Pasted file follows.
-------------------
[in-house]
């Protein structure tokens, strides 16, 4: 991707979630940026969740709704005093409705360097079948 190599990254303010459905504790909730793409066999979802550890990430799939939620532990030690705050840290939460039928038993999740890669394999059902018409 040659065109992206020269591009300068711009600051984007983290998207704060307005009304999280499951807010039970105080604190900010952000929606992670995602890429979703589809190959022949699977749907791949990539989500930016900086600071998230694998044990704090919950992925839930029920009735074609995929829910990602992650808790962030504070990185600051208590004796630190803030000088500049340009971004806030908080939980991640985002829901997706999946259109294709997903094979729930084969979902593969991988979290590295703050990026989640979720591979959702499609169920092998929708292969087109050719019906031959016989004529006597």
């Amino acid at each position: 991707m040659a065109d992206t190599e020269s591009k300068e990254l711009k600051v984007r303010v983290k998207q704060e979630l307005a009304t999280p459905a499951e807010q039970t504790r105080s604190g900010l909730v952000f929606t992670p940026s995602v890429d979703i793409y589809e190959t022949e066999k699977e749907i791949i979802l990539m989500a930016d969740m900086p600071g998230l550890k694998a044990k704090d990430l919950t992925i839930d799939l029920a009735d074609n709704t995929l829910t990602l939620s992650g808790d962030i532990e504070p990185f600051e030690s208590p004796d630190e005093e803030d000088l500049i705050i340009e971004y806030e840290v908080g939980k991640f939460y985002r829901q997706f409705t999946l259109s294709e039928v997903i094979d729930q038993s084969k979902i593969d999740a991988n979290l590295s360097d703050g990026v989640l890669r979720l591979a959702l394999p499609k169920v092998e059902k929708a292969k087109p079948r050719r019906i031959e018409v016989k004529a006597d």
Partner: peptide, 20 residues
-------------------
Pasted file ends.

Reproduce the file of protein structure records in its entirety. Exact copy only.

[in-house]
């Protein structure tokens, strides 16, 4: 991707979630940026969740709704005093409705360097079948 190599990254303010459905504790909730793409066999979802550890990430799939939620532990030690705050840290939460039928038993999740890669394999059902018409 040659065109992206020269591009300068711009600051984007983290998207704060307005009304999280499951807010039970105080604190900010952000929606992670995602890429979703589809190959022949699977749907791949990539989500930016900086600071998230694998044990704090919950992925839930029920009735074609995929829910990602992650808790962030504070990185600051208590004796630190803030000088500049340009971004806030908080939980991640985002829901997706999946259109294709997903094979729930084969979902593969991988979290590295703050990026989640979720591979959702499609169920092998929708292969087109050719019906031959016989004529006597």
């Amino acid at each position: 991707m040659a065109d992206t190599e020269s591009k300068e990254l711009k600051v984007r303010v983290k998207q704060e979630l307005a009304t999280p459905a499951e807010q039970t504790r105080s604190g900010l909730v952000f929606t992670p940026s995602v890429d979703i793409y589809e190959t022949e066999k699977e749907i791949i979802l990539m989500a930016d969740m900086p600071g998230l550890k694998a044990k704090d990430l919950t992925i839930d799939l029920a009735d074609n709704t995929l829910t990602l939620s992650g808790d962030i532990e504070p990185f600051e030690s208590p004796d630190e005093e803030d000088l500049i705050i340009e971004y806030e840290v908080g939980k991640f939460y985002r829901q997706f409705t999946l259109s294709e039928v997903i094979d729930q038993s084969k979902i593969d999740a991988n979290l590295s360097d703050g990026v989640l890669r979720l591979a959702l394999p499609k169920v092998e059902k929708a292969k087109p079948r050719r019906i031959e018409v016989k004529a006597d």
Partner: peptide, 20 residues